We all know TikTok is meant to make all of us look voluntarily stupid, while a Chinese guy based in the US makes tonnes of money from it.

By now, most Westerners believe that we all eat bats, snakes, dogs and everything with four legs, including tables.

Every Chinese, or those who look it, are a clear and present danger in the eyes of the FBI, CIA and their operatives. After all, many Ameri-cans can’t tell the difference between turbaned Sikhs and the Taliban.

So Bling Empire couldn’t have come at a worse time. The Chinese will now be viewed as loud, materialistic show-offs with bad taste in fashion. Truth be told, though, some dress sense bears hideous and awful results.

So, in this show, the mainland Chinese, Singaporean, Vietnamese and ABC – American-Born Chinese – or more accurately, an adopted one, are all included, except for Malaysian Chinese. We must really be inept for not making the cut.

Even our Sarawak-born Henry Golding played a Singaporean who had to endorse purported Singa-pore food like satay in Crazy Rich Asians. Our iconic Tan Sri Michelle Yeoh had to do likewise, minus the satay, though.

For the uninitiated, Bling Empire is a new reality series about a group of super rich, ie, filthy rich, Asian friends living in Los Angeles.

Channel News Asia (CNA)described it as a cross between Gossip Girl and Crazy Rich Asians and implied that those unaware of the show must be “living under a rock”.

Stars of the show include Kane Lim, who’s the son of a Singa-porean billionaire. There’s also Asian-American model Kevin Kreider, philanthropist and couture collector Christine Chiu, “world-famous” DJ Kim Lee, entrepreneur Kelly Mi Li, denim heiress Cherie Chan, and former equestrian and daughter of a Beijing tech billionaire, Jaime Xie, reveals CNA.

Questioning the fashion sense of the actors, the Singapore-run TV channel even sought the opinion of fashion influencer Xie, who’s meant to be the most stylish of the lot, yet shows up in fluorescent pink stiletto boots to go bowling, and a turtleneck sweater for the beach. And what is with the cast’s obsession with leopard prints?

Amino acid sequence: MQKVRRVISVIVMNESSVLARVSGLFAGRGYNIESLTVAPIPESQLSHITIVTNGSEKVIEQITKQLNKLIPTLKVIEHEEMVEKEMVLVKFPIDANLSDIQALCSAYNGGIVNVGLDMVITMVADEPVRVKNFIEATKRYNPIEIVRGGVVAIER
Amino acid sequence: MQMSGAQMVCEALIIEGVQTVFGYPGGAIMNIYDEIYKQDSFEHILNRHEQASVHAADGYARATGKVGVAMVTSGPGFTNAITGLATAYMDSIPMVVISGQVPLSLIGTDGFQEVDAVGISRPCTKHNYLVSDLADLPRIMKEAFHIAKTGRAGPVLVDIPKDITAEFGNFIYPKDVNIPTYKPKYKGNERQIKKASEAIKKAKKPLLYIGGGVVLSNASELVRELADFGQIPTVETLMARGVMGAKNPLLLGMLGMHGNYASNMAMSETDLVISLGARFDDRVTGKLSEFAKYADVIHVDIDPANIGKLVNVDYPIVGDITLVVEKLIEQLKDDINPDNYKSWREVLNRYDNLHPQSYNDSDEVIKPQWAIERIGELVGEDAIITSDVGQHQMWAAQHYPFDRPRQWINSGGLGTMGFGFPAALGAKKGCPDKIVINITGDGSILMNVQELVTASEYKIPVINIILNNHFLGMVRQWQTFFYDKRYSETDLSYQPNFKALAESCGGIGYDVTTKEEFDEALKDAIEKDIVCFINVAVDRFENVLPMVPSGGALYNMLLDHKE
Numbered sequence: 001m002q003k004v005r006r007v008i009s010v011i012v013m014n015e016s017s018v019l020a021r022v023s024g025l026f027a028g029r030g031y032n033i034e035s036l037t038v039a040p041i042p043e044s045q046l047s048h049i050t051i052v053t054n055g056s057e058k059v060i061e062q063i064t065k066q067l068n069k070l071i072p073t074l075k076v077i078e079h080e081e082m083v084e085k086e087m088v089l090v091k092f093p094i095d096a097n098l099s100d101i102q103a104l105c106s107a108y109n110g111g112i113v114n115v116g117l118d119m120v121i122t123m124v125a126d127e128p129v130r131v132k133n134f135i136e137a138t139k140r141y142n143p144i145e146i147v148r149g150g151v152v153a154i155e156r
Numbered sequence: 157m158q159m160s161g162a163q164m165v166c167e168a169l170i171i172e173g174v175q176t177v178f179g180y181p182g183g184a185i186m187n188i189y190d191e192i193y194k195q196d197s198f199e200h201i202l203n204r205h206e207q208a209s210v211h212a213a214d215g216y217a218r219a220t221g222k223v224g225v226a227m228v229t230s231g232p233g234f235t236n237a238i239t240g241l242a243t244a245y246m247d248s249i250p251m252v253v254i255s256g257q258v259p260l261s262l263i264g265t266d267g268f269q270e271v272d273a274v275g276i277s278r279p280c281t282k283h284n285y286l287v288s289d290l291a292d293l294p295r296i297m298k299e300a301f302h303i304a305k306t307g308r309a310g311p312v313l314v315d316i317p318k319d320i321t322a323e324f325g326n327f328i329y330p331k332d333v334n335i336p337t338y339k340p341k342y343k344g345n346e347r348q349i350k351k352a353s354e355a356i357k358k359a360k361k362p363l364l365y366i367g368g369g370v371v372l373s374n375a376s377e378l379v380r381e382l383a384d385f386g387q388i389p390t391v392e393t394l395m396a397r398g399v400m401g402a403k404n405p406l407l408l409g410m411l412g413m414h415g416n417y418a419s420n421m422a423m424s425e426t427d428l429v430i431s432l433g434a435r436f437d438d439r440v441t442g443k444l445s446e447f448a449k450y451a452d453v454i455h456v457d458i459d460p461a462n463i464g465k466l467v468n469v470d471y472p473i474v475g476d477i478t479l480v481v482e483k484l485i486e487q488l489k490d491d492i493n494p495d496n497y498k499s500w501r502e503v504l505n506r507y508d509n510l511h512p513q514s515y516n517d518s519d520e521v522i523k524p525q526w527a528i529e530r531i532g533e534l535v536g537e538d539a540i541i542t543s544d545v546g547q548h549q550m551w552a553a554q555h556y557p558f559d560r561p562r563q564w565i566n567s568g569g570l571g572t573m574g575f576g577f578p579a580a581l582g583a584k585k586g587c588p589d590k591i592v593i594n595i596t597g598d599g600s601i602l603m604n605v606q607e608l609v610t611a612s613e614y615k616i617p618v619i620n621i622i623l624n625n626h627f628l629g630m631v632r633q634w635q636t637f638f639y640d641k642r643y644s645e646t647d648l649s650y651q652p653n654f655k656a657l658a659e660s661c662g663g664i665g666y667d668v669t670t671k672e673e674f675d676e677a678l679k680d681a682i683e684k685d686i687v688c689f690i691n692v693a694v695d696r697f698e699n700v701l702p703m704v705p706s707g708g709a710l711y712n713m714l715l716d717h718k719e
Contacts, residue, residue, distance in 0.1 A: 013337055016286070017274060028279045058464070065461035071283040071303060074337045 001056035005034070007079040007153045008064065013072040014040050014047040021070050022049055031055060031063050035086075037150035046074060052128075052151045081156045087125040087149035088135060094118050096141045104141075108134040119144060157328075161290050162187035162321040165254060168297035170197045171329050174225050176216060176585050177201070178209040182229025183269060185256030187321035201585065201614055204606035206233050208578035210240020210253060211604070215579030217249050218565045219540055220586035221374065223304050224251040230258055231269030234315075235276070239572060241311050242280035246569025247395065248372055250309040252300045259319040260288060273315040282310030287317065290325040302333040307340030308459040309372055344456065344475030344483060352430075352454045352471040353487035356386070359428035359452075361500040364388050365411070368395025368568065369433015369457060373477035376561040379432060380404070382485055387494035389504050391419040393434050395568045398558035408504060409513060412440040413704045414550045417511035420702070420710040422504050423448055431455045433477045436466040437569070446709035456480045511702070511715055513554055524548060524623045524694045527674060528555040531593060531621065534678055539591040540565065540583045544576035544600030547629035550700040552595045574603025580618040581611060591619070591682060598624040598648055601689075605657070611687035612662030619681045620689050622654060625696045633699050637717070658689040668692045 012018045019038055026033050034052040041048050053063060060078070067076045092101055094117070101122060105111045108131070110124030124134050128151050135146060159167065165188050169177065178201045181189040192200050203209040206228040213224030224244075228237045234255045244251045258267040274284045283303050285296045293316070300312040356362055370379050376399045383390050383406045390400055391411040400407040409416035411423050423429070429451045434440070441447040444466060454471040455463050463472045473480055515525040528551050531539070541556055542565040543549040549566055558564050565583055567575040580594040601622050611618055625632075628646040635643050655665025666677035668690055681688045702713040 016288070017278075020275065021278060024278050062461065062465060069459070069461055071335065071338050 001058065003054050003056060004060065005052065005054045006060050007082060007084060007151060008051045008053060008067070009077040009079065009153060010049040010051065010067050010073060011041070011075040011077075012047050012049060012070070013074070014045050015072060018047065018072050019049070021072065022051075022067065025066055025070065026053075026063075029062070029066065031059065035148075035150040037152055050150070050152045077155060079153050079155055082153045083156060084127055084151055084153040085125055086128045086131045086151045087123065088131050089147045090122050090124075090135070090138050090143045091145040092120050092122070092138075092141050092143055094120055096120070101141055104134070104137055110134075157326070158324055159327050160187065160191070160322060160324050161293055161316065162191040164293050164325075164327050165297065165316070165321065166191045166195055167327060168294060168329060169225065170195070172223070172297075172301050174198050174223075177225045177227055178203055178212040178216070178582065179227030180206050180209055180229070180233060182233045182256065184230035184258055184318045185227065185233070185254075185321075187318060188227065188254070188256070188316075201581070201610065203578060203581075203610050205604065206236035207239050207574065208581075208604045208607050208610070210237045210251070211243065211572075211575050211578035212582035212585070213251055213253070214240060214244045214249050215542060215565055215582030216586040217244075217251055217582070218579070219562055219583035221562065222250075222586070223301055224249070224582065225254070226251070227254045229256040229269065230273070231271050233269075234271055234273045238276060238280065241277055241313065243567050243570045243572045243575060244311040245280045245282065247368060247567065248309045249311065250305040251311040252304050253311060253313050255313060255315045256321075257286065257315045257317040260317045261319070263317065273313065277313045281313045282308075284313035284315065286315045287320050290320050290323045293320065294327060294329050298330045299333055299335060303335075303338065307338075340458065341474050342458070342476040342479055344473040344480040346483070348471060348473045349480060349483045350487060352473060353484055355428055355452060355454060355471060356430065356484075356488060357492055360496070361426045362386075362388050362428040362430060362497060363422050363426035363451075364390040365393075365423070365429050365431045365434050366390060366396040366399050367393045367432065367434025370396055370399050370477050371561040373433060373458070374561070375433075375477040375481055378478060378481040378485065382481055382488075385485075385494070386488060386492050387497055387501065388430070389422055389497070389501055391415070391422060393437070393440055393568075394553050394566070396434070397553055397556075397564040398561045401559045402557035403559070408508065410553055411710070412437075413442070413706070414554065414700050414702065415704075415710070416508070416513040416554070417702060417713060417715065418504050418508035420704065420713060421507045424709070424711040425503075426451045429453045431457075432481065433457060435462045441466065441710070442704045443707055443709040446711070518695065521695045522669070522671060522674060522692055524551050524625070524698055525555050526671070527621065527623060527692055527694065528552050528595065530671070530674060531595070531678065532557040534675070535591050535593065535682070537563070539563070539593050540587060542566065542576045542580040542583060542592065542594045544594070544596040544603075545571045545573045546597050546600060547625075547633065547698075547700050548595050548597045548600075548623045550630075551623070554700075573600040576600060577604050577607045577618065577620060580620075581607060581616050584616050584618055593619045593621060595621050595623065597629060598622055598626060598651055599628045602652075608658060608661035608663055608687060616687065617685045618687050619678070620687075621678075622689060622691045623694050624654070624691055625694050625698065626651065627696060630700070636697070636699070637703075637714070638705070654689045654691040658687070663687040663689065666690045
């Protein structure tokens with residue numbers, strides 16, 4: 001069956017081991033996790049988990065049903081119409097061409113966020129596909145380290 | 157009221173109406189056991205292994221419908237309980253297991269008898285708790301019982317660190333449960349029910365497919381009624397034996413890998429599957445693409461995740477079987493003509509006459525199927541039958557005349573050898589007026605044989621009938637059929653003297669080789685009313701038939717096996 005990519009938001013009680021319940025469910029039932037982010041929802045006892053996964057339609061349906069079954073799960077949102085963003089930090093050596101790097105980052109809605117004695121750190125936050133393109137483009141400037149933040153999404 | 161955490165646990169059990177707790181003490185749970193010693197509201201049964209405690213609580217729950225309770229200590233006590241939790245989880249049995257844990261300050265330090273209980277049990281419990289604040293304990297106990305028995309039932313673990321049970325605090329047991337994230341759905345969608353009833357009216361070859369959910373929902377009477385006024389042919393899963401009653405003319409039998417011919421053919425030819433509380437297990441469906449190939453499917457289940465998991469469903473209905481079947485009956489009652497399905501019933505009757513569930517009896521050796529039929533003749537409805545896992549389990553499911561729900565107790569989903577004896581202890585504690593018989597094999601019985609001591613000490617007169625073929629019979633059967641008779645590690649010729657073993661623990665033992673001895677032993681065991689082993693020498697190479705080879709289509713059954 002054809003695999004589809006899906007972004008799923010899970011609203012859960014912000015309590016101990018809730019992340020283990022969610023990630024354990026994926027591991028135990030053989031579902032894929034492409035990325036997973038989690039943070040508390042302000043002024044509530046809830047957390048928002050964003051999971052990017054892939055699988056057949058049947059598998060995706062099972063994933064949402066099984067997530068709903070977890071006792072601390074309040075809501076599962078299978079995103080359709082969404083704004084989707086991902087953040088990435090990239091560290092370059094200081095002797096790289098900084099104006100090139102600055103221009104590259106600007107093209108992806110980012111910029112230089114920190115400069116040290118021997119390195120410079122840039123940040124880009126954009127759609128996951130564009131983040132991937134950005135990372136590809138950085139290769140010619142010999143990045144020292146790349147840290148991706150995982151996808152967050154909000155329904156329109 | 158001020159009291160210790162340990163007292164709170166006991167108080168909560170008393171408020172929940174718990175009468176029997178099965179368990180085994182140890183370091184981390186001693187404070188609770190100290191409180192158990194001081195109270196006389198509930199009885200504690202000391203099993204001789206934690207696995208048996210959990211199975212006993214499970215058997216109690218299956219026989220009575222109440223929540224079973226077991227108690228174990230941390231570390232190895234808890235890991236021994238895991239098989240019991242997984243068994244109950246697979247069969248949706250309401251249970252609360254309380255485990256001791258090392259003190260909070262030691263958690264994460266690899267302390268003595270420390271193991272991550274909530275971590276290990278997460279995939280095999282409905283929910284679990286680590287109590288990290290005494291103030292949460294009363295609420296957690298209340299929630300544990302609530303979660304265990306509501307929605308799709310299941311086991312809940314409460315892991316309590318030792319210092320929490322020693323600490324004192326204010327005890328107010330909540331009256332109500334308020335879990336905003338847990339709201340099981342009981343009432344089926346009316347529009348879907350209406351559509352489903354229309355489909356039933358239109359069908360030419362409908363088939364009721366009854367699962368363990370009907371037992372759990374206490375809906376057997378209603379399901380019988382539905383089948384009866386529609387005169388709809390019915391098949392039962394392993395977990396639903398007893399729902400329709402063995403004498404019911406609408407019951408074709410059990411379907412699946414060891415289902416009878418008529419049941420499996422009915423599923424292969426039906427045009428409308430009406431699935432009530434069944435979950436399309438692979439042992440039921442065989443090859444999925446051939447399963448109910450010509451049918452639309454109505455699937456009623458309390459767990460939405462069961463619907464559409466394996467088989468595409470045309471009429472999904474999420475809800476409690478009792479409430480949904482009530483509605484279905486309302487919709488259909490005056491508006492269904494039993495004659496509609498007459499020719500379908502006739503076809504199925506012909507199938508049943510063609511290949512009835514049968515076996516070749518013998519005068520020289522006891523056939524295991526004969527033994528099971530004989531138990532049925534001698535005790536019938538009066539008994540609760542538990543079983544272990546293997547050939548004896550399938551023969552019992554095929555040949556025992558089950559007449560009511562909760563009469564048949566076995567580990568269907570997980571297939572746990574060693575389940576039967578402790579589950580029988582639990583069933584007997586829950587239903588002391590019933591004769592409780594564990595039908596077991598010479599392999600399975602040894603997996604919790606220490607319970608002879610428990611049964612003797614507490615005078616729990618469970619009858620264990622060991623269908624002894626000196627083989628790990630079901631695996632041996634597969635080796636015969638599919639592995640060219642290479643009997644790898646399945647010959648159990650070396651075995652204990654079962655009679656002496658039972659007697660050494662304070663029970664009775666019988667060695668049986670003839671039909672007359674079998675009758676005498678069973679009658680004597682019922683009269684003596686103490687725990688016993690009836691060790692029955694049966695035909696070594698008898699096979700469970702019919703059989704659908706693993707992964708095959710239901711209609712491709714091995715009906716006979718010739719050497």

And at a time when most of us are struggling with our finances, is it appropriate to showcase these rich Asians? Also, there seems to be little justification with the explanation “one could also argue that the series is meant to be a form of voyeuristic escapism. For one, it was filmed before the pandemic, so no one’s wearing masks, and every one’s attending huge parties”.

In any case, we don’t have many choices in MCO 2.0 because from last March, most film productions around the world have ground to a halt. We were spoilt for choice during MCO 1.0.

I gave up after watching just two episodes of Bling Empire. The criminals from Peaky Blinders and The Heist are, in fact, more palatable to these Asians, er, I mean Chinese. It’s a crime, really.

That’s the danger of spending long hours on the couch – that we can no longer differentiate the good guys from the bad. Or the crooked gangsters, politicians and Vatican priests, if you prefer.

Are we talking about a news byte here or are we at Suburra, and what season are we on again?

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Wong  Chun Wai

Wong Chun Wai

Wong Chun Wai began his career as a journalist in Penang, and has served The Star for over 35 years in various capacities and roles. He is now group editorial and corporate affairs adviser to the group, after having served as group managing director/chief executive officer. On The Beat made its debut on Feb 23 1997 and Chun Wai has penned the column weekly without a break, except for the occasional press holiday when the paper was not published. In May 2011, a compilation of selected articles of On The Beat was published as a book and launched in conjunction with his 50th birthday. Chun Wai also comments on current issues in The Star.